UTS looks ahead

The university is spruiking short courses from its Futures Academy, (it’s in the business school). Surely they’re not teaching how to hedge the future value of subjects, a learned reader remarks.

There’s more in the Mail

In Features this morning

Franziska Trede and Sonal Singh UTS) make the case for “concrete action to create university cultures that enable all students and dismantle structural inequality in higher education. This week’s selection by Commissioning Editor Sally Kift for her celebrated series, Needed now in teaching and learning.

plus, James Guthrie (Macquarie U) and Brendan Parker (RMIT) add an accounting perspective to the debate on using peer review in the next edition of Excellence for Research in Australia. Universities with staff publishing in the same journals can receive very different ratings –  they demonstrate.

and, Angel Calderon (RMIT) on  the QS subject rankings – Aus unis are ok, for now.

ARC CEO announced just 24 hours before election called

Judi Zielke has a five year term as chair of the Australian Research Council

Acting Education Minister Stuart Robert announced her appointment first thing Saturday morning, the day before the election was called and two before caretaker conventions kick in.

It was the last research-related decision made by ministers in the lead-up to the election being called (CMM April 8), including the appointment of the new ARC advisory committee, Mr Robert called for in December (CMM April 6, February 17).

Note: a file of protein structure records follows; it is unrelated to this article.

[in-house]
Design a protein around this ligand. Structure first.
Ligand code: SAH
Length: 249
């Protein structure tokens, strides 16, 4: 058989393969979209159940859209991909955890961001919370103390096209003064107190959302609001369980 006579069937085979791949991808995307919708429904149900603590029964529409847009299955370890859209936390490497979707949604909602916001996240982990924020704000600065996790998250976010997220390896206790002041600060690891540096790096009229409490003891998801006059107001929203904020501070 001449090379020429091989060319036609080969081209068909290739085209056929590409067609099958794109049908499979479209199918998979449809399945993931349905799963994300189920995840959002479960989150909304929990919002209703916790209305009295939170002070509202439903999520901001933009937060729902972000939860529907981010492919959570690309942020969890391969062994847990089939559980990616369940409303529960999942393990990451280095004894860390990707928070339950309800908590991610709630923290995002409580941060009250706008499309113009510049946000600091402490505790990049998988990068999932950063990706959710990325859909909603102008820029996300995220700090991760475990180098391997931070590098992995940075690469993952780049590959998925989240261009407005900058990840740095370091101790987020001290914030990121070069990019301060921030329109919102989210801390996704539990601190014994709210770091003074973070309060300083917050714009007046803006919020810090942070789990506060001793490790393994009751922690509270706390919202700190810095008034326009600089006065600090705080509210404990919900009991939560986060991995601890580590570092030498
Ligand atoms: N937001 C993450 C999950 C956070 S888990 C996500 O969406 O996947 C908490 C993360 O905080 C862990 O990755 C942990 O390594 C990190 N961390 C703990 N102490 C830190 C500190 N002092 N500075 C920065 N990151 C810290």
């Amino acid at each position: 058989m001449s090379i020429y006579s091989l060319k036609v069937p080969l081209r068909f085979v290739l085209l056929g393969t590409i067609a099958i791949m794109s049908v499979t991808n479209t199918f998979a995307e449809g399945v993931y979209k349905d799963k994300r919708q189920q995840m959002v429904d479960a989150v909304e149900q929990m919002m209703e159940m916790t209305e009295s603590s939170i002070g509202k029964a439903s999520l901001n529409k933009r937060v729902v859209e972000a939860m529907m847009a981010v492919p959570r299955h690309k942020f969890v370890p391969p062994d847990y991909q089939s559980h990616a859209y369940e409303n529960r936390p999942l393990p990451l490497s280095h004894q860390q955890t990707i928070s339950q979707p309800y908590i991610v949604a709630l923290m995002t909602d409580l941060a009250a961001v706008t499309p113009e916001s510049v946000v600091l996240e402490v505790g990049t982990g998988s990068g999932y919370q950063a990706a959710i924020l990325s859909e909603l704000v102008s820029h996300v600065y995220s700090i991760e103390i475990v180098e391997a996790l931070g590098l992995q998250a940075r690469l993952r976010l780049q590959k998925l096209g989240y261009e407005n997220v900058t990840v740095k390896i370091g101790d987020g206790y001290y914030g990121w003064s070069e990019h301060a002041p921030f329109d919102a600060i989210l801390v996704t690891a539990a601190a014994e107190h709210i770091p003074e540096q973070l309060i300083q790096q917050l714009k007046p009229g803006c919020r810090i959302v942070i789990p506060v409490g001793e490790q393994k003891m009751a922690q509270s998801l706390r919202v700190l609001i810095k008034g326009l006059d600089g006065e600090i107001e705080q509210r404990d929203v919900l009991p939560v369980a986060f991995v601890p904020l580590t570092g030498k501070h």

Ms Zielke became acting ARC head at the beginning of the year, filling the gap caused the resignation of Sue Thomas, who chose to leave five months before her first term concluded. A career bureaucrat, Ms Zielke was previously COO of CSIRO and is well-versed in the politics of policy-making – she has successfully played the straightest of bats in Senate Estimates this year.

reaction: Universities Australia was quick to congratulate Ms Zielke, stating that as acting CEO, she has “has displayed a spirit of collaboration and consultation, and we look forward to continuing to work with her.”

“There is a significant opportunity to ensure the ARC has robust governance, robust peer review and real transparency in everything it does.”

The Group of Eight commented, “Judi brings  to the role a strong mix of  experience both  in the research community, across industry and government  which we hope will  ensure that we position the ARC to its rightful place as the premier  research funding  organisation in  the nation.”

As per its standard operating procedure the Eight used the opportunity to state its members’ research prominence and reiterate its call for a review of the ARC.

CMM comment: given the timing of the announcement, this is an appointment that Mr Robert should have left to whoever is minister after the election.

WA announces more of not much

Jove but the state government is media-efficient in announcing research spends

Minister for many things (including innovation and medical research) Stephen Dawson announces $2.1m from the Research Translation Projects programme. No the decimal is not too far left and there are no missing zeros. Among projects, UWA has funding to research antibiotic resistance and Murdoch U for strip-based paper tests for MS and Parkinsons.

The bonanza follows last week’s announcement of $8.6m over four years for the state’s health and life sciences industry strategy (CMM April 7).

Whatever the state government is funding with the GST bonanza,  research isn’t it.